Bearss, Ed. Receding Tide
Vicksburg & Gettysburg
The Campaigns That Changed
The Civil War
Bearss, Edwin C. & Hills, Parker. Receding Tide. Vicksburg and Gettysburg: The Campaigns That changed the Civil War. Washington, D.C.: 2010. 2nd printing, 399p., illustrations, maps.
In Receding Tide, Edwin Cole Bearss draws from his popular Civil War battlefield tours to chronicle these two widely separated but simultaneous clashes and their dramatic conclusion.
It’s a poignant irony in American history that on Independence Day, 1863, not one but two pivotal Civil War battles ended in Union victory, marked the high tide of Confederate military fortune, and ultimately doomed the South’s effort at secession.
On July 4, 1863, after six months of siege, Ulysses Grant’s Union army finally took Vicksburg and split the Confederacy. On the very same day, Robert E. Lee was in Pennsylvania, parrying the threat to Vicksburg with a daring push north to Gettysburg. For two days the battle had raged; on the next, July 3, 1863, Pickett’s Charge was thrown back, a magnificently brave but fruitless assault, and the fate of the Confederacy was sealed; though nearly two more years of bitter fighting remained until the war came to an end.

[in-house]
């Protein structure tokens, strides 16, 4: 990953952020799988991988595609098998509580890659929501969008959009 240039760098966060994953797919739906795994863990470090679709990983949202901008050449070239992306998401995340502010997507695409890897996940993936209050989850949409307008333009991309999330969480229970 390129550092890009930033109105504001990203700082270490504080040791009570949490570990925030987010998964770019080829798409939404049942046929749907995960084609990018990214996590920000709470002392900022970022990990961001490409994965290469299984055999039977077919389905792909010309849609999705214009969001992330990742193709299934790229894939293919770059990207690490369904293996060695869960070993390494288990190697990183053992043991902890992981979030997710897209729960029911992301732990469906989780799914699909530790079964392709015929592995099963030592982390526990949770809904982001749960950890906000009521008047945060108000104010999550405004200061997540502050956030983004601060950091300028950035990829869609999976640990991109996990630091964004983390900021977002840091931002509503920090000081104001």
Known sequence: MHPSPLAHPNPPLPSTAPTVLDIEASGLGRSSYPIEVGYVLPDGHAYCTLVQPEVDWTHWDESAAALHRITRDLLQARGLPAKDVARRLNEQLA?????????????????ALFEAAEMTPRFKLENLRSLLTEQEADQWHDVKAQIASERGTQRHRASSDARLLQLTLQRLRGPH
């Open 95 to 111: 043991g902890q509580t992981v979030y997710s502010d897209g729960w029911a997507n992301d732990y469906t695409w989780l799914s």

As the recognized expert on both Vicksburg and Gettysburg, Bearss tells the fascinating story of this single momentous day in our country’s history, offering his readers narratives, maps, illustrations, characteristic wit, dramatic new insights and unerringly intimate knowledge of terrain, tactics, and the colorful personalities of America’s citizen soldiers, Northern and Southern alike.
2nd printing; signed on bookplate.